I am committed to my work as a coach; supporting my clients in their recoveries from substance use and addiction disorders. I strive to create a safe and empowering space, free of judgement and advice, where my clients can learn, grow, develop and get well. Sometimes that's a confusing place for people who think that they are broken and need to be fixed, or if their partners and families see them as somehow damaged and needing to be fixed. One of the biggest challenges in my work, is helping my clients to connect with themselves, understand and accept that they are not broken, and don't need to be fixed. We're not cars! And whose terms of "alrightness" are we measuring ourselves by to begin with!?
I hear all too often people referring to themselves as needing to be fixed; like recovery is a process whereby we remove the bits that are not working, and replace them with something that functions better. Of course in recovery it's about learning new tools, practices and approaches to being well, but it's not about fixing anything. The idea that you are somehow dysfunctional, sick, and less than who you are, is so judgemental and self-deprecating. You are not a disordered person, as much you you might be a person with a disorder. Whether that is a substance use-, mental health- or pain disorder, you are not your diagnosis.
Of course in these cases there are areas of our behaviour or coping where we are looking to improve our skills, make healthier choices and respond in a way that better serves ourselves and the people around us, but what is essential here is to be able to reframe how we see, and feel about, ourselves. The terms addict and alcoholic are so stigmatised, and even scathing. People seem to have very fixed ideas about what these terms mean, without considering the impact of this on the person who is trying to recover and be well. And we use these same terms on ourselves, often at the expense of all the other parts of self. These are the judgements that come in the form of whispered conversations by our friends and colleagues; the family WhatsApp group that has been created to discuss our "situation", but excludes us; and the soft, sympathetic tones of people inquiring as to "How are you?" as if you are going to meltdown at any moment; mostly well-meaning, but layered in all sorts of bias and a lack of understanding.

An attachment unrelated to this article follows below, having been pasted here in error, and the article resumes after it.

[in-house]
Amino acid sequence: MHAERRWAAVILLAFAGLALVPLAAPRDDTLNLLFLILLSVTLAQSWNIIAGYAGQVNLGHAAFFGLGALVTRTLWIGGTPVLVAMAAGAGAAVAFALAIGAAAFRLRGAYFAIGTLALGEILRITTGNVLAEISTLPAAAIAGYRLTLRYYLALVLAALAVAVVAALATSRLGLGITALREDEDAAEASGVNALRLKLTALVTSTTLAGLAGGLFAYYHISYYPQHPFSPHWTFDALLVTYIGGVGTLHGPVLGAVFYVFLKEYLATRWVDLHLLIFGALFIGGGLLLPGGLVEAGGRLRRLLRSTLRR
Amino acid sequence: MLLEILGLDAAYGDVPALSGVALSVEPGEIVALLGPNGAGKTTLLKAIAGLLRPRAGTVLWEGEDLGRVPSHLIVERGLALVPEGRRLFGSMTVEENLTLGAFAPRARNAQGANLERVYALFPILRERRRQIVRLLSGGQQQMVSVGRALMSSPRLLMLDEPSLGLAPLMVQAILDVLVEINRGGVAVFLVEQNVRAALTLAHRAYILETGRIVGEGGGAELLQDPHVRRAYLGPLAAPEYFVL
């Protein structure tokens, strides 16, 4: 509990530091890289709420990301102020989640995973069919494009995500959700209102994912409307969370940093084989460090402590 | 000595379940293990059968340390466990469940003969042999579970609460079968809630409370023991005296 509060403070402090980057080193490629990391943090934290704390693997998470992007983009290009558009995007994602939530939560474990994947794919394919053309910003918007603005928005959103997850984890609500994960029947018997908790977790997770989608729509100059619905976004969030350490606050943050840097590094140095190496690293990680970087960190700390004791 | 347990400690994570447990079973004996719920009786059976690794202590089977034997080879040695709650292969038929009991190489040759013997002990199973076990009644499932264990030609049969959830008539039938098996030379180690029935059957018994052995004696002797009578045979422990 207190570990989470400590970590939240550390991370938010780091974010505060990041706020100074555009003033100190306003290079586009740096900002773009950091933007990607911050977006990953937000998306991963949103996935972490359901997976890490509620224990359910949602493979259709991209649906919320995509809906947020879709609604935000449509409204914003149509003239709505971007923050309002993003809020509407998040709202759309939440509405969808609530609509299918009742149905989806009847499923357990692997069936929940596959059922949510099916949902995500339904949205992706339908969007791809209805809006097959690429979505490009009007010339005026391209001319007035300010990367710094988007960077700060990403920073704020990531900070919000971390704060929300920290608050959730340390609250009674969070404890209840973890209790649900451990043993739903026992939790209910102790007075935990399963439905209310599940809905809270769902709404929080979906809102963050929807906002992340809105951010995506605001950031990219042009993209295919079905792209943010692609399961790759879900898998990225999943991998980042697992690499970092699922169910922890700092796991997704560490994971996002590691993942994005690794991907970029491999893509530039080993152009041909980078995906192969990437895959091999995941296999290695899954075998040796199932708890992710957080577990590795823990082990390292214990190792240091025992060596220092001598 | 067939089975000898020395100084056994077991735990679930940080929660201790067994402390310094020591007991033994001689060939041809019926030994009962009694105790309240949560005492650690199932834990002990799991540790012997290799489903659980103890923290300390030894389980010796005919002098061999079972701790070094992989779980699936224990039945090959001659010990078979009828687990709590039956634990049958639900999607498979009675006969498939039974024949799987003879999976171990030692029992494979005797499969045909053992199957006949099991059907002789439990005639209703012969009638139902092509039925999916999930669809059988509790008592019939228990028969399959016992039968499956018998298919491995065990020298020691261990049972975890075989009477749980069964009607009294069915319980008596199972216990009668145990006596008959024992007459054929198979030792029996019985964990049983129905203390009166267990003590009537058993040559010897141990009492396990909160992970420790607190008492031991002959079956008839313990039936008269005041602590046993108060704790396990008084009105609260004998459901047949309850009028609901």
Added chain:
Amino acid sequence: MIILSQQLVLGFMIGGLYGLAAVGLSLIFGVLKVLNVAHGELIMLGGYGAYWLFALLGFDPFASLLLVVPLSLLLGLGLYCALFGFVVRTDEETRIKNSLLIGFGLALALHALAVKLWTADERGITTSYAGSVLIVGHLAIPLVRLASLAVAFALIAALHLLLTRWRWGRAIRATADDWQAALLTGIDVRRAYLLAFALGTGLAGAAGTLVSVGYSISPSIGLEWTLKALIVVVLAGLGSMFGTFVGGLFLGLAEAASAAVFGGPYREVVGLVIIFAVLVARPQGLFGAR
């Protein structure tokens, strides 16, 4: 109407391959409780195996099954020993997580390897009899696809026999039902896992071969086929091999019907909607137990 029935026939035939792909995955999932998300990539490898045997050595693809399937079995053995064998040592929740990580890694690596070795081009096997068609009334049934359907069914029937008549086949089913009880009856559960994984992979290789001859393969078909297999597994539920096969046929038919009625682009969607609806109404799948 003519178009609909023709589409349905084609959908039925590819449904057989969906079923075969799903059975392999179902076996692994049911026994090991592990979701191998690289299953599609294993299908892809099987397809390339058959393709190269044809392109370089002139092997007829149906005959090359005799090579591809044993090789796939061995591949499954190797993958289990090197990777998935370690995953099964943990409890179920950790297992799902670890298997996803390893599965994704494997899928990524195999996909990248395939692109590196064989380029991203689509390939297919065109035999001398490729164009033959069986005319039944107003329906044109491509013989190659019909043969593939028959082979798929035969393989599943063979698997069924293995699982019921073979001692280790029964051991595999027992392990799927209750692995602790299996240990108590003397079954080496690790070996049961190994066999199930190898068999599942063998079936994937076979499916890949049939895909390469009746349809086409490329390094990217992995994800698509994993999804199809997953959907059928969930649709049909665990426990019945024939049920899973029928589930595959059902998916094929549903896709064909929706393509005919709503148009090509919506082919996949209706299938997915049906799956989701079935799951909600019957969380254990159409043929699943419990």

Having a substance use disorder does not make people incapable of anything "good". Many people have achieved high levels of personal and professional success during their time of actively using, misusing and abusing substances. Not every person who develops an abusive or dependent relationship with substances is unable to to do anything, but there are the extreme cases that we've all seen on TV, in movies, read about in books, or heard harrowing personal stories of. This is not always the case, and it has tended to be used in the dark seductive lure of the afore-mentioned. These cases are tragic, dramatic and not necessarily the norm.
Many of the people I work with have developed dysfunctional behaviours in relation to their substances, but are not completely dysfunctional people. They have raised healthy children, held high-level professional positions, started and run successful businesses, graduated from high school, college and/or university, and the list goes on. But for some reason everything is overshadowed because there have been periods of substance abuse or binging. And without sounding like I am completely negating the damage that is done in these times, I don't think that everything that doesn't work out is about the "identified addict's" behaviour.
If I didn't believe that things needed to change, why on earth would I do the work that I do? Of course I believe there is room for change, transformation, growth and development. I know first hand the pain that our using can cause in relationships, schools, families, work places and communities. And in my work I have been on both sides. The person managing a substance use disorder, as well as the person who loves people with substance use disorders. But what I am committed to doing is recognising that we are not our illness. That the people in my life, both clients and lived ones, are not bad, broken people who knowingly and willingly set out to destroy their own lives and the lives around them.
What I do see is inner pain; a lack of self-worth; an inability for people to see their own beauty and contribution; ineffective coping skills; unresolved trauma; low levels of personal and professional meaning and purpose. And those are just some of the more common reasons that I've encountered or read about.